What the federal bureaucracy does care about is that it appears to have some concern for the issues of these FAR and DFARS.  If some contractor does violate one of them, it wants to be able to slam the responsible parties into prison or to heavily fine them.  Woe to the small business owner who rushes through these requirements without understanding them.  Woe to the small business owner who uses the time he could be using to earn a living to thoroughly understand these requirements.  This is a Catch-22 common to dealing with Big Government.

Many a small business simply cannot afford the assumed level of understanding and hence assumes a level of risk which the average citizen has no concern about, just as the bureaucrat and the Congress and the President have on concern.  Big government does not like small businesses.  It cannot comprehend a business which is less than very large.  Small businesses with resources that actually have to be earned the old-fashioned way with hard work simply live in a different world from governments.  Business owners are also a minority, so they count little at election time.  Indeed, most politicians think it makes nothing but sense to treat small business owners as villains while courting the votes of the worker bees.  Basically, government justifies its intrusiveness in everyone's life almost entirely upon the claim that business owners are villains and only Big Government can control them.  So, who cares how much time government forces these villains to waste?  It really is all very logical.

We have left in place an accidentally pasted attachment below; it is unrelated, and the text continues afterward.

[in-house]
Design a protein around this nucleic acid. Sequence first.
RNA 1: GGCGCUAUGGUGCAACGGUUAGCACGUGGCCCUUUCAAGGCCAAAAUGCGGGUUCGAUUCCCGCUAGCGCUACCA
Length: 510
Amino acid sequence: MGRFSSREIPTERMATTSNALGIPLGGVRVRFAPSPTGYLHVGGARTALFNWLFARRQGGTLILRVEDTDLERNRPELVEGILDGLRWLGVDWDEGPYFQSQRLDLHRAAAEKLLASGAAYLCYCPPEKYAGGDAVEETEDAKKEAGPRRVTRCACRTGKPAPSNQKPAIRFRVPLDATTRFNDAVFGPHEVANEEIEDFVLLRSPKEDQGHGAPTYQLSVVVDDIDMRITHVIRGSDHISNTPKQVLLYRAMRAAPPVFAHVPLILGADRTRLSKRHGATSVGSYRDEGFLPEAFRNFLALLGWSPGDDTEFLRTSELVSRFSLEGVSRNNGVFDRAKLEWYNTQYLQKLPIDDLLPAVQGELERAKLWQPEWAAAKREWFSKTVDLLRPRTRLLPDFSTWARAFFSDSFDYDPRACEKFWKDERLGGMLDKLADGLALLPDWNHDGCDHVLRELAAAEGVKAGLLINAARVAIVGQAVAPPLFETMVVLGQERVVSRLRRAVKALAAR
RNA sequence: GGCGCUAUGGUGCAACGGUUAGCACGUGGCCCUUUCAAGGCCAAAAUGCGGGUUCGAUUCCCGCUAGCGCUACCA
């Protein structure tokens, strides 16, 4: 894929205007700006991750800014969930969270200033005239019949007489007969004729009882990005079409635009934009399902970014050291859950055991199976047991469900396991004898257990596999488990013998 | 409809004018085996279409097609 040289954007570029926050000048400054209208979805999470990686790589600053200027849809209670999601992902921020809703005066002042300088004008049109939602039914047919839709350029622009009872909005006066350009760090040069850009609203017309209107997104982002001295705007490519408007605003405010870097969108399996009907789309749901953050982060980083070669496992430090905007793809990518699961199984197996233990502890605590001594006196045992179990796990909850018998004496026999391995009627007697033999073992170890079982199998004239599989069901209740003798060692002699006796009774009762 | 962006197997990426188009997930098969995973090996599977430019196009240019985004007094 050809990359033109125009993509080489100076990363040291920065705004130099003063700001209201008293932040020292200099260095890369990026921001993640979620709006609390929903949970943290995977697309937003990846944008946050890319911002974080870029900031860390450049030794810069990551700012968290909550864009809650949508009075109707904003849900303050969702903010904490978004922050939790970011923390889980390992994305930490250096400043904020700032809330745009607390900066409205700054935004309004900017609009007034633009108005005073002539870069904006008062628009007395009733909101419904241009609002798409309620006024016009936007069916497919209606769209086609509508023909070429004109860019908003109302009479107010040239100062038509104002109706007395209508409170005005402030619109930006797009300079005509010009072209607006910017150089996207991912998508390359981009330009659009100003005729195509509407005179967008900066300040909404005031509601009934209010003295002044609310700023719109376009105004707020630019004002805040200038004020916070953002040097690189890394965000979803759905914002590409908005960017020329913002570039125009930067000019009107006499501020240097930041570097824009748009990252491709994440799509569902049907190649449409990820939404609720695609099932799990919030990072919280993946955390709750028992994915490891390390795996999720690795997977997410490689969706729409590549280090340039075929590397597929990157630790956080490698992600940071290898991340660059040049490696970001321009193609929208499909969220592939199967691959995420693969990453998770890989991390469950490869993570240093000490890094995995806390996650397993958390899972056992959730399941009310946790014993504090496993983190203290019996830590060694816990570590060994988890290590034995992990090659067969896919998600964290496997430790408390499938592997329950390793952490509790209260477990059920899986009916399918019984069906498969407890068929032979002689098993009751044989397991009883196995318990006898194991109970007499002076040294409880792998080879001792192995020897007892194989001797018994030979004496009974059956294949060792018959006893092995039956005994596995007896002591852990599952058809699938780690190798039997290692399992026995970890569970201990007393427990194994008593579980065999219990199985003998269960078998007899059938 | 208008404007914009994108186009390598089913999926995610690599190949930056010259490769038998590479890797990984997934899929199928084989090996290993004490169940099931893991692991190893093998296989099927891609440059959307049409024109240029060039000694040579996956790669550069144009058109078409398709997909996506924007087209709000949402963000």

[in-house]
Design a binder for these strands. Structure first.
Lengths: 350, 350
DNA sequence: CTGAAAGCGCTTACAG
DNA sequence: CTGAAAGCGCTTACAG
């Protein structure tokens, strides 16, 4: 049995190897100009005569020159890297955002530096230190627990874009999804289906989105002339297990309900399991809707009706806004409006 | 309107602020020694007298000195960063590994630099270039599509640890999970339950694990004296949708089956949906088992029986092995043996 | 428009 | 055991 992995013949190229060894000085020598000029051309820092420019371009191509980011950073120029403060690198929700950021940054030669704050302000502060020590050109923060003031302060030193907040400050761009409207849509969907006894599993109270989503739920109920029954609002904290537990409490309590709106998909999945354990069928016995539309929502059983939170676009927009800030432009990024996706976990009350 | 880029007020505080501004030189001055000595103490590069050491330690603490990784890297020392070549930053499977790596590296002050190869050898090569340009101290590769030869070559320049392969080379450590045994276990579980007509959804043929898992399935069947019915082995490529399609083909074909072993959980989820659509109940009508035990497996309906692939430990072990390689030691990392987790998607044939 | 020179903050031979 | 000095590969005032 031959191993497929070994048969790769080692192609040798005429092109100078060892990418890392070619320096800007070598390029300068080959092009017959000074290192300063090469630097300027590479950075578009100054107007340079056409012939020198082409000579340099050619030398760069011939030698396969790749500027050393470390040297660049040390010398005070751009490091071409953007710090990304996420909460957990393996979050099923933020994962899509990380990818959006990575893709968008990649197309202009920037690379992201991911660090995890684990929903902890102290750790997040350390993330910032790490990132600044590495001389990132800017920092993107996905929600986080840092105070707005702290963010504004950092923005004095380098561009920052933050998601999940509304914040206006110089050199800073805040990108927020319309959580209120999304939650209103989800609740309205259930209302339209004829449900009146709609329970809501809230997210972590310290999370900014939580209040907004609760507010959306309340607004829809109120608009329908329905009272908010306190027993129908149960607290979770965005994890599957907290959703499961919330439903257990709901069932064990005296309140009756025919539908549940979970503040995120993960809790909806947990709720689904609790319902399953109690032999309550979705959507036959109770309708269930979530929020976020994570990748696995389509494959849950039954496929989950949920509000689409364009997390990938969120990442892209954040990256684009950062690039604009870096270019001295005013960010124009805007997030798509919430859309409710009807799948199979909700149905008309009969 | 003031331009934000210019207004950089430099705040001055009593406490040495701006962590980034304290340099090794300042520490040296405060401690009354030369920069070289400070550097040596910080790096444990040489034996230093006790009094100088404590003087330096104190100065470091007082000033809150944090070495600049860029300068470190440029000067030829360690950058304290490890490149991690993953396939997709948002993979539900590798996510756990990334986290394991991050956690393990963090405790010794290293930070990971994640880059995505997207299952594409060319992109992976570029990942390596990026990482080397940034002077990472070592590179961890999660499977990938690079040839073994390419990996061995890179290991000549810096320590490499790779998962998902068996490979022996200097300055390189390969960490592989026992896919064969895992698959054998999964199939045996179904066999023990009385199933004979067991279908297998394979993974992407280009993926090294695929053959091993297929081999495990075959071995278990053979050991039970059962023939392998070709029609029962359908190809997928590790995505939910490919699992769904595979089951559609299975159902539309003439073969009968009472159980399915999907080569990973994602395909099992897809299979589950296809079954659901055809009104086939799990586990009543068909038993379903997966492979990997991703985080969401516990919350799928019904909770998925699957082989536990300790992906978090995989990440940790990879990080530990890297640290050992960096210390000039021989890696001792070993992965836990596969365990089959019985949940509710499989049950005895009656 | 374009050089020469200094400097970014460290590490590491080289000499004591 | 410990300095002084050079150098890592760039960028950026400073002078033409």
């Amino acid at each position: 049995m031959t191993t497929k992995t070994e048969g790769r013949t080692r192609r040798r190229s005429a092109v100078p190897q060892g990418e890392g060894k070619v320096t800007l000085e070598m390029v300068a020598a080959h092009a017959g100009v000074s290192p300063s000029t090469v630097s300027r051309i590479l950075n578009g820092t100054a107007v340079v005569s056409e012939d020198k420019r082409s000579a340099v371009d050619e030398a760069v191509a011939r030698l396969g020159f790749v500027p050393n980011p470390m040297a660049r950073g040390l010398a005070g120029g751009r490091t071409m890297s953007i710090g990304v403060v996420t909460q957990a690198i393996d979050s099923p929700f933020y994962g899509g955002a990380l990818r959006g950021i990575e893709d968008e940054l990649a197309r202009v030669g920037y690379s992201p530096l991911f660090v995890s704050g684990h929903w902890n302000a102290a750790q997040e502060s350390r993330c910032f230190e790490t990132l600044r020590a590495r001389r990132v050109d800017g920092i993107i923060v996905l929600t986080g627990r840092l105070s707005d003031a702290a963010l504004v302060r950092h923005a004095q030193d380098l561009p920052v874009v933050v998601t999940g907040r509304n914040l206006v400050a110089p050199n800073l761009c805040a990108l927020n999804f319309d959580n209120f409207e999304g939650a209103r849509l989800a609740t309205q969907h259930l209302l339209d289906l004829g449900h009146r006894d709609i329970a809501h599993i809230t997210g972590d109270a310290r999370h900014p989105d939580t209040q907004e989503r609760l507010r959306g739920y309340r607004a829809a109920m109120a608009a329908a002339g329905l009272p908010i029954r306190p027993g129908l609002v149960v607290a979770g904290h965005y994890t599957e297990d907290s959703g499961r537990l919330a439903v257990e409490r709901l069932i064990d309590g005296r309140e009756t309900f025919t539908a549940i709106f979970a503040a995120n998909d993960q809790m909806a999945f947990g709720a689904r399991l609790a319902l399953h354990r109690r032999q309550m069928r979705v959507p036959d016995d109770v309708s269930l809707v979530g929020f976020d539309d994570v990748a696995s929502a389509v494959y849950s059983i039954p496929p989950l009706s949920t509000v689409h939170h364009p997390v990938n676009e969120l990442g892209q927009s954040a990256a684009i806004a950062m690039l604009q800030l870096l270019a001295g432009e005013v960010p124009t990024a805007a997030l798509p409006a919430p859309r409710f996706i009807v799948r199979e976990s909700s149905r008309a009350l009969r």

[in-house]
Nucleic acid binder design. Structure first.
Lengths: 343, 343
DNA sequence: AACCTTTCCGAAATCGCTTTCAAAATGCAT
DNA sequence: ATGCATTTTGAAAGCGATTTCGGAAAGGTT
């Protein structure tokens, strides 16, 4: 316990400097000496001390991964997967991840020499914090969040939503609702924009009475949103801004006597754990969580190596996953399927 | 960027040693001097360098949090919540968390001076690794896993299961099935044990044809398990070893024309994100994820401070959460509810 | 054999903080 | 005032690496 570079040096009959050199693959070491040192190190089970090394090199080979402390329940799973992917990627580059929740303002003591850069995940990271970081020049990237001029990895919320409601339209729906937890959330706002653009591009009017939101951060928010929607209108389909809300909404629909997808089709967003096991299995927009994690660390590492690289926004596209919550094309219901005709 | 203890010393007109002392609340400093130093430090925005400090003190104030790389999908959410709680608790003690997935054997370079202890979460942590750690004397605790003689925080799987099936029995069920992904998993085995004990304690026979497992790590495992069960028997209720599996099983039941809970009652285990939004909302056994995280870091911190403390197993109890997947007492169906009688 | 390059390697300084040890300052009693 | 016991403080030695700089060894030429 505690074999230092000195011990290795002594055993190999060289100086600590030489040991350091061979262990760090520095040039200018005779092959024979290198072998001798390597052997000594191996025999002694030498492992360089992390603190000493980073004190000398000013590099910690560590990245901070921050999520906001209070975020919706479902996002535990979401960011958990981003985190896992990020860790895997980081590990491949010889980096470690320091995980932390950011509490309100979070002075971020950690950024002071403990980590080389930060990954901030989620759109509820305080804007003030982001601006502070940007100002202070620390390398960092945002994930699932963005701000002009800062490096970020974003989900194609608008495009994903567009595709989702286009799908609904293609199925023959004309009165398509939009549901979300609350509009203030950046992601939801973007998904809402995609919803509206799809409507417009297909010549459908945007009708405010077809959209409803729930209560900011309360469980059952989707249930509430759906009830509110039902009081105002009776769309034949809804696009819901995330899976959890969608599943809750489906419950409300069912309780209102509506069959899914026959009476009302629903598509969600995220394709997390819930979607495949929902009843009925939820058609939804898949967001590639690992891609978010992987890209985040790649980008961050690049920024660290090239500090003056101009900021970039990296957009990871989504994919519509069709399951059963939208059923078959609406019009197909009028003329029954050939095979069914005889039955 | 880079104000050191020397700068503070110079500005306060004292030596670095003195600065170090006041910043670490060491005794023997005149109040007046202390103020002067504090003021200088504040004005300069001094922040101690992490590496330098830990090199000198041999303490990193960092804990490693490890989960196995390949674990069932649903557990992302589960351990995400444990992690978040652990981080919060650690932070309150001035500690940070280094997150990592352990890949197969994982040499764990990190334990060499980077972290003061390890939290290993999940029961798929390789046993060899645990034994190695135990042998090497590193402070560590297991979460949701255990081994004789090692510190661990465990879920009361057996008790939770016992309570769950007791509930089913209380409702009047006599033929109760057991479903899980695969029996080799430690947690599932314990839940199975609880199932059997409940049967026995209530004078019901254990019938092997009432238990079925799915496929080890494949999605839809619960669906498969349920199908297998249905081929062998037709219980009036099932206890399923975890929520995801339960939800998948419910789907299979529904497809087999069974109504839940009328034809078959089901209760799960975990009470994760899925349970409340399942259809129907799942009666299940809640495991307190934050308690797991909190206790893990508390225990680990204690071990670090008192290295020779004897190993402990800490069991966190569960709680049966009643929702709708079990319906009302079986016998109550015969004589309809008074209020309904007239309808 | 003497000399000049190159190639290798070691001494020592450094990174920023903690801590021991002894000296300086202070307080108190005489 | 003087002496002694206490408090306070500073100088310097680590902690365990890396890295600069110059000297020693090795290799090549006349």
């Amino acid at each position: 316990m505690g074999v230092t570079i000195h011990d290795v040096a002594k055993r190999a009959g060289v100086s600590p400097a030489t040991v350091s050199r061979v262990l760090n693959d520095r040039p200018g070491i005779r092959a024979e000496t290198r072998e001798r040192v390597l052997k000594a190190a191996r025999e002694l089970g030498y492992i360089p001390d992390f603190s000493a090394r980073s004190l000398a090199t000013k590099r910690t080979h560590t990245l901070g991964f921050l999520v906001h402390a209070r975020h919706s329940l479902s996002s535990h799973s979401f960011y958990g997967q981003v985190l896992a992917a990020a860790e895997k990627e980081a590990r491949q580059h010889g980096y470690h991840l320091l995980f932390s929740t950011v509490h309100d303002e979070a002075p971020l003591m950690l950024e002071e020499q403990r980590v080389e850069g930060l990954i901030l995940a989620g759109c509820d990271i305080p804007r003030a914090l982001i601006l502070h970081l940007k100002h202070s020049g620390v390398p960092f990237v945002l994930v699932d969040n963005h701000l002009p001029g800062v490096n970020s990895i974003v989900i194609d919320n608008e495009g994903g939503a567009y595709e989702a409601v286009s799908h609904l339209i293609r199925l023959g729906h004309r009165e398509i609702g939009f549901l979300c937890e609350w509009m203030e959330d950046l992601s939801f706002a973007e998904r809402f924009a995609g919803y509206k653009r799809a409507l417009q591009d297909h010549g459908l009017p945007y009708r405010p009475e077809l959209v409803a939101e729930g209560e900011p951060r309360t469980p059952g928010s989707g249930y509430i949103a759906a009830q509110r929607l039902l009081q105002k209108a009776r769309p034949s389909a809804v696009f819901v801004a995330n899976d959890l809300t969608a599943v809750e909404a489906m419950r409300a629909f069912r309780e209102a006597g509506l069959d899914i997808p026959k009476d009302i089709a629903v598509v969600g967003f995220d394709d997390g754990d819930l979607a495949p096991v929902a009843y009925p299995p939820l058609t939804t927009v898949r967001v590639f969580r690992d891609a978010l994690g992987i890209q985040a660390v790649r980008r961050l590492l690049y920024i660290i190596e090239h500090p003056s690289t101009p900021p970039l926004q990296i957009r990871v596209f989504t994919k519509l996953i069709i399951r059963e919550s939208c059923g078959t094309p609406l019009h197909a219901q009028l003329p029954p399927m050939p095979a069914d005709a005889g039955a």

But, what would the private sector be without small businesses?  It is odd that few voters ever give much thought to the function of government, either what is does or what it should do.  It is even more odd that few voters think about the critical role of small businesses in the private sector that has to produce the wealth and perform the tasks so profligately squandered by Big Government.